This race hold a special place in my heart. I grew up listening to my Dad regale stories of his time as a domestique for Tom Simpson in the Tour De France. The climbs he described and the tales of suffering on such, held an aura of fascination for me as a child.
Expecting the lake water to be its usual sub 15 degrees I chose a short dry land warm up and then jumped in and headed to the rocks on the opposite side of the lake to wait for the gun to go off. Mistake, should have warmed up, the water was nearer 17 this year & I wasn't prepared (am I ever?!) for the fast start.
Since I broke my collar bone for the 2nd time last summer, I dislike swimming in wetsuits... my shoulder always feel restricted and with an already reduced range of motion i struggle to get a high elbow catch on this side & my feel for the water is reduced. The new BlueSeventy Helix does a good job of improving my buoyancy and the thin arm panels allow some feel for the water... But ideally I'd chop the arms off... as my arms ache a bit in the first half of the swim.
I found it near on impossible to get a rhythm to start with - but this is often the case, especially with a mass start (not the luxury of a pro only start).. Being an 'asthmatic' ( I use the term lightly as my Doc has me down as such, but its mild compared to what I used to see turn up in A&E on a night shift).
Some people climb better out of the saddle, some like to sit and grind. Usually its heavier riders than prefer the grind and the lighter ones like to stand more. I do a bit of both.
You never feel on the last of the 21 hair pins of the Alpe D'Huez that you will be able to run 22km over hilly terrain at an altitude of over 1800m. I knew that I could having done it in previous years... the prospect, even for Pros still daunts, but you trust in the fact that your legs will come good or that it will be a sufferfest. I had caught Celine Scharer on the lower slopes of the Alp - the TeamTBBer Swiss National who led the whole field out of the swim today. Carrie Lester and Mary Beth Ellis were still up ahead... I didnt really know where, and Lisbeth Kristensen was 3 minutes behind me having a super race coming back from pregnancy.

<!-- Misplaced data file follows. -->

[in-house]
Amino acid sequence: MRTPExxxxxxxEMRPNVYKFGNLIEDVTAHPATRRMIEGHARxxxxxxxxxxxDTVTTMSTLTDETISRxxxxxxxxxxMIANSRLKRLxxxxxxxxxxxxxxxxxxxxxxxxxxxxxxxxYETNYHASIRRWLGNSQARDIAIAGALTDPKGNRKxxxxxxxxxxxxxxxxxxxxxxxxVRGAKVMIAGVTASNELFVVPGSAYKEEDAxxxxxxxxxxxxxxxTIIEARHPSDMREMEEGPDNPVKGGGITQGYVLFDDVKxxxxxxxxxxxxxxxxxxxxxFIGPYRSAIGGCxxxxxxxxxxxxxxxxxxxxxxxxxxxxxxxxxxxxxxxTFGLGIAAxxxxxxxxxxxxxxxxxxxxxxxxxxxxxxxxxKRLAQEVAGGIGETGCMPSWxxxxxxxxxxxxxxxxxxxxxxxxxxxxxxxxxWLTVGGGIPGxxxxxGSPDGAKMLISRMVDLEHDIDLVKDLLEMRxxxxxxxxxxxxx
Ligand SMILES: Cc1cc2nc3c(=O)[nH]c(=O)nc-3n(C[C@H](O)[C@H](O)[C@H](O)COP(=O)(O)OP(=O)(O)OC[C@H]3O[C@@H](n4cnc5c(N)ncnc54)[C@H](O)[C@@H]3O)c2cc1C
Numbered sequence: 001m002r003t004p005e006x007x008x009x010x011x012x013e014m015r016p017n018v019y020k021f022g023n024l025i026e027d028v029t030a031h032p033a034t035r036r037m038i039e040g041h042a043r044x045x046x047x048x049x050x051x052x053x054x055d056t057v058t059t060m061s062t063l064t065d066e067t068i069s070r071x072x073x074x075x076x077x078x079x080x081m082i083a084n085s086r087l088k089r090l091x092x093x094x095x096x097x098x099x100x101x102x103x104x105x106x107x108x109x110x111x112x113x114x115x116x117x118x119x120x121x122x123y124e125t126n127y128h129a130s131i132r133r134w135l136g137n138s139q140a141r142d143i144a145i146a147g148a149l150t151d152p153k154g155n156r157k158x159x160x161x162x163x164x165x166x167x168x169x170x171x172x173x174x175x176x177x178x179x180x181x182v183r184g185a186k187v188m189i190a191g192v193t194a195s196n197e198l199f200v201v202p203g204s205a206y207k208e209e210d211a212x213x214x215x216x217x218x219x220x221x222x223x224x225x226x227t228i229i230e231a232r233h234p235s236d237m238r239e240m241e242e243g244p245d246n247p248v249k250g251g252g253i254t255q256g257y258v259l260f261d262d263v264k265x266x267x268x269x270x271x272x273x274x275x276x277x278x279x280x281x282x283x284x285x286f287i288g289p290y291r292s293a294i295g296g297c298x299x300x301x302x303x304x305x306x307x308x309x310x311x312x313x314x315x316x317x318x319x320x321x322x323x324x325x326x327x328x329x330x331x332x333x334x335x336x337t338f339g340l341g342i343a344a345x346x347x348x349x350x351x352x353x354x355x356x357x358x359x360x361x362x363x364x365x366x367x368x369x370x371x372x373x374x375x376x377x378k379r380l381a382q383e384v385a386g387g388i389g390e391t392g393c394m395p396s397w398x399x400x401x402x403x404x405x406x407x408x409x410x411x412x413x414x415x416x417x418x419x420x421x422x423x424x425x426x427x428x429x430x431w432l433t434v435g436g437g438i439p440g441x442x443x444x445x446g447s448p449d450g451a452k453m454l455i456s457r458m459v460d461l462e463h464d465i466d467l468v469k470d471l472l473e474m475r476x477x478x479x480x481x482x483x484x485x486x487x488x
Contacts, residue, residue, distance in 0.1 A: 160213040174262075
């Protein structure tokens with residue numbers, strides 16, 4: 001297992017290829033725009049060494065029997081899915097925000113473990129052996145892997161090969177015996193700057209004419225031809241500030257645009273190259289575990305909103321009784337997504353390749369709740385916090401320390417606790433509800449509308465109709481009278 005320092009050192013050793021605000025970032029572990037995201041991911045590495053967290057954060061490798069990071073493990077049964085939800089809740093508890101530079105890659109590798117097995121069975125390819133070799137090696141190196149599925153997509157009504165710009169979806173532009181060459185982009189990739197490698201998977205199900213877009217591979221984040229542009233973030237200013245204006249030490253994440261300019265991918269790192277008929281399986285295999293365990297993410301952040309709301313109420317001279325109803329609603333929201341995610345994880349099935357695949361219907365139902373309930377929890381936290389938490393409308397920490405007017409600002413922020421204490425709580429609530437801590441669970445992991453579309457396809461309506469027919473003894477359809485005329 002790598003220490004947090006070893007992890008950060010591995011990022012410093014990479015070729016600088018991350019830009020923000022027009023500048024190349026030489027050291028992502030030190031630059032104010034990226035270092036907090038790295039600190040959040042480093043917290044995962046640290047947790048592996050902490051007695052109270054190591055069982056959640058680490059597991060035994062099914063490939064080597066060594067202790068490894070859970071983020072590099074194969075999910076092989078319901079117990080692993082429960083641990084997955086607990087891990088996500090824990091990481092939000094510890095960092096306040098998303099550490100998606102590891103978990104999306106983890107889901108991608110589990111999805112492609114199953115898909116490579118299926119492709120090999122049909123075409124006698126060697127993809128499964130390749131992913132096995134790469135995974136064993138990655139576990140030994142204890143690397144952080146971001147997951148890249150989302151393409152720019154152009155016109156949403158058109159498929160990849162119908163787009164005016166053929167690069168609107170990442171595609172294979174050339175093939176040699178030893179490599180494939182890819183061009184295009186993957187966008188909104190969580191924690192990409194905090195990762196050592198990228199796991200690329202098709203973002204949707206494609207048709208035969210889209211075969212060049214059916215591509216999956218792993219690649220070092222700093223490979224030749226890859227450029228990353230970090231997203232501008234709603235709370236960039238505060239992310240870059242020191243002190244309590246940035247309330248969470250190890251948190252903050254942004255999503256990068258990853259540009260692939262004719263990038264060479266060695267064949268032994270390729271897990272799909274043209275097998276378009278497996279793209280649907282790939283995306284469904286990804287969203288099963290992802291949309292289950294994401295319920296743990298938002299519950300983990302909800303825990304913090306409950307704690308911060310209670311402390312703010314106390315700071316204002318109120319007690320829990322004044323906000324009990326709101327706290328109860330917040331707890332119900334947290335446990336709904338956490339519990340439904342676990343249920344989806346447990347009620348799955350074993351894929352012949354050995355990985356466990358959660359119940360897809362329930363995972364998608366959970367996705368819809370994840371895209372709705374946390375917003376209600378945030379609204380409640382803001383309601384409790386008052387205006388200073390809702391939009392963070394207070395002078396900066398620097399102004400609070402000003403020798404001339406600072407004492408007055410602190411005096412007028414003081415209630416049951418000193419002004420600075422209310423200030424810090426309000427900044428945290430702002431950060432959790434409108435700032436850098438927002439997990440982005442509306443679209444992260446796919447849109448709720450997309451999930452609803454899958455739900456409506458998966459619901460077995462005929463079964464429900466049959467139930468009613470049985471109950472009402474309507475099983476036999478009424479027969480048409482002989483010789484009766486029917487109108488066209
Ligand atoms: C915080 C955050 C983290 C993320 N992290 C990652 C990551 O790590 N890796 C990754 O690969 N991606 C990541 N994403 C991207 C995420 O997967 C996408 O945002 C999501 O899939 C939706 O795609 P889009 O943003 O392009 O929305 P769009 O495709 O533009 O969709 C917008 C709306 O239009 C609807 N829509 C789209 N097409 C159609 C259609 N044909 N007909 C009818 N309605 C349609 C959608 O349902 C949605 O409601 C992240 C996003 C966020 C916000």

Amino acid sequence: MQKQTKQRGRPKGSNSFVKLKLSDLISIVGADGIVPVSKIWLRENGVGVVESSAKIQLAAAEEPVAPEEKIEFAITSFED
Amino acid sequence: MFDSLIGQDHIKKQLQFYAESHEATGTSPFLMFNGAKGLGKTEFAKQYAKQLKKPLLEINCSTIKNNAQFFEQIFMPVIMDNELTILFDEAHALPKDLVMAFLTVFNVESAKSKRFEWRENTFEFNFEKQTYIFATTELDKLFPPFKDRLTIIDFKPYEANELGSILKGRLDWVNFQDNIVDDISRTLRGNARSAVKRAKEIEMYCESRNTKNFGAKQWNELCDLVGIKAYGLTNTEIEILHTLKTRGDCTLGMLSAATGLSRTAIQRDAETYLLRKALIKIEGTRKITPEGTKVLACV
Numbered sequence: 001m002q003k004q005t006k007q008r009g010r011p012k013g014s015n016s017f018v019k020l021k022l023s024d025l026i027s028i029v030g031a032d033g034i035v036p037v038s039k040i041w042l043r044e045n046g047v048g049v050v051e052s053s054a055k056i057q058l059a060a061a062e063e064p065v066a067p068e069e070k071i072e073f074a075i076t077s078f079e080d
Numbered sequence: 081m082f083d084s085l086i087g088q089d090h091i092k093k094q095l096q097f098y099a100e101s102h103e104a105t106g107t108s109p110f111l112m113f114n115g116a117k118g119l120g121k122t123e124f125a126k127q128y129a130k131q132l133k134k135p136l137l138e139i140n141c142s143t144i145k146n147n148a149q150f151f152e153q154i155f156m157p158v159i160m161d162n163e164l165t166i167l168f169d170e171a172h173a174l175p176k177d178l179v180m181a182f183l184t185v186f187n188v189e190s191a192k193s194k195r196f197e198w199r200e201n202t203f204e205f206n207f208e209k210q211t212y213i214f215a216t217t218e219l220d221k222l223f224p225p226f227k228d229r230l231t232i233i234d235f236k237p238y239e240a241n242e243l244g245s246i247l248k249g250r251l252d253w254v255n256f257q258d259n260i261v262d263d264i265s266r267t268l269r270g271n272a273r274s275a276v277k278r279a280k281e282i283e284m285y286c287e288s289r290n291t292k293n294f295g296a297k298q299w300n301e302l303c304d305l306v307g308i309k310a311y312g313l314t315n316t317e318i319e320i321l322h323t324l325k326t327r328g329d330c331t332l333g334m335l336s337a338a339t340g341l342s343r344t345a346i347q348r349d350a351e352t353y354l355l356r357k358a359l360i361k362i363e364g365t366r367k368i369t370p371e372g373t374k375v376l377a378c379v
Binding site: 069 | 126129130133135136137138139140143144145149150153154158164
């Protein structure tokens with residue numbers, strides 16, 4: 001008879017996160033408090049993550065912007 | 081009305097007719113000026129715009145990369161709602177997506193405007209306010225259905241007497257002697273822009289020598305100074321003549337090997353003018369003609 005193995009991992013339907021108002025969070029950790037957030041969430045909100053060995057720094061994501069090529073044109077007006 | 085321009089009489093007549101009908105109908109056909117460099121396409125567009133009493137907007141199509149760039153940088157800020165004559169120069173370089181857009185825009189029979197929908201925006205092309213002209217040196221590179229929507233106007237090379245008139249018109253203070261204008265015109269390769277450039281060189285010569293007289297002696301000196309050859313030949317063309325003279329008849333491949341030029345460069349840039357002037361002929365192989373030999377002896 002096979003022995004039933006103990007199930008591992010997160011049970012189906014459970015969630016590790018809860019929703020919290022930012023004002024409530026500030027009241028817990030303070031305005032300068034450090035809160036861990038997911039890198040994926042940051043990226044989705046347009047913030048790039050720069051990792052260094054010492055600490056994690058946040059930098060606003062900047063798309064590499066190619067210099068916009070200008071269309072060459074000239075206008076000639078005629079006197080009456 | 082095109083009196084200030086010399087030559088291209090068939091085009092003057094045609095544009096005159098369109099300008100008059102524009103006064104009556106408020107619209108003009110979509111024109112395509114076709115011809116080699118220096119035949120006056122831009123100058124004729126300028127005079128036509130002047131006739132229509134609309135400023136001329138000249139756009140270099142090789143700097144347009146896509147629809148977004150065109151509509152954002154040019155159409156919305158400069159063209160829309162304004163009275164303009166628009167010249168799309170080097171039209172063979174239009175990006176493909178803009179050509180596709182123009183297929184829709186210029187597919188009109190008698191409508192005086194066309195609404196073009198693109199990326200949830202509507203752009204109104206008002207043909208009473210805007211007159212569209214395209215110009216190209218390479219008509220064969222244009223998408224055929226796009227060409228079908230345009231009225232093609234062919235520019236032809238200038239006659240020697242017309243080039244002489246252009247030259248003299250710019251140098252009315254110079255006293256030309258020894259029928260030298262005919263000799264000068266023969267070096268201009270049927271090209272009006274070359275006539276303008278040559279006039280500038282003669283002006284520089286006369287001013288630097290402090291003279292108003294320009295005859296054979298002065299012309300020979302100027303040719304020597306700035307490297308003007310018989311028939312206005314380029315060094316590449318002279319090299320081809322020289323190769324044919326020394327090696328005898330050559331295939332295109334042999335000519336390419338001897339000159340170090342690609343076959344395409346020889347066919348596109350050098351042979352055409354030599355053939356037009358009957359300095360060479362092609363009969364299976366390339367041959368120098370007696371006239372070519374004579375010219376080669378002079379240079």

Climbing the Alps the balls of my feet were burning... Being mostly out of the saddle (due to saddle slipping down) the power was transferred to the pedals through the ball of my foot & the slight friction each time was after 4 + hours very painful. I had chosen not to wear socks.. more out of habit than anything else, and Talc on the soles was long gone.
I ignored this, but coming of the bike into T2 I winced in pain as my feet hit the grass. This was going to be a painful run & again, I cursed myself for not putting socks in my transition kit on either bike or run. (You can get away with it on a normal Half Ironman race but this one is different).
From the start, I didnt feel good on the run. My stomach revolted from its melting pot of mars bars, bananas and lukewarm electrolyte drink insufficiently diluted with water and cramps ensued. I did some diaphragmatic breathing - breathing out more Co2 in little bursts... which usually helps, but not on this occasion and I longed for some buscopan (which is my saviour for stomach cramps... hadn't packed it this tim and not available en France).. so I jogged on hoping it would pass. Feet were still burning and there was no repsite from the cramps which were now making me nauseas. I took on some water & then felt like I would be sick - coming onto the 2nd lap I stopped by the side of the course and was sick.. wretching and horrid. It was at this point that I thought that running another 14k was going be very difficult. With retrospect I can look at the situation and think - stop dramatising and get on with it. What goes through your head when you're in a race is different as your running on your limits and rationaliy often doesn't stand a chance.
Things add up to - your feet are hurting and blistered, you're being sick, you've punctured so you're already behind.. you're 4th in a race in which you came 3rd last year.. how can I be doing worse... surely you're fitter this year. How embarrassing... people will think i'm not progressing as an athlete.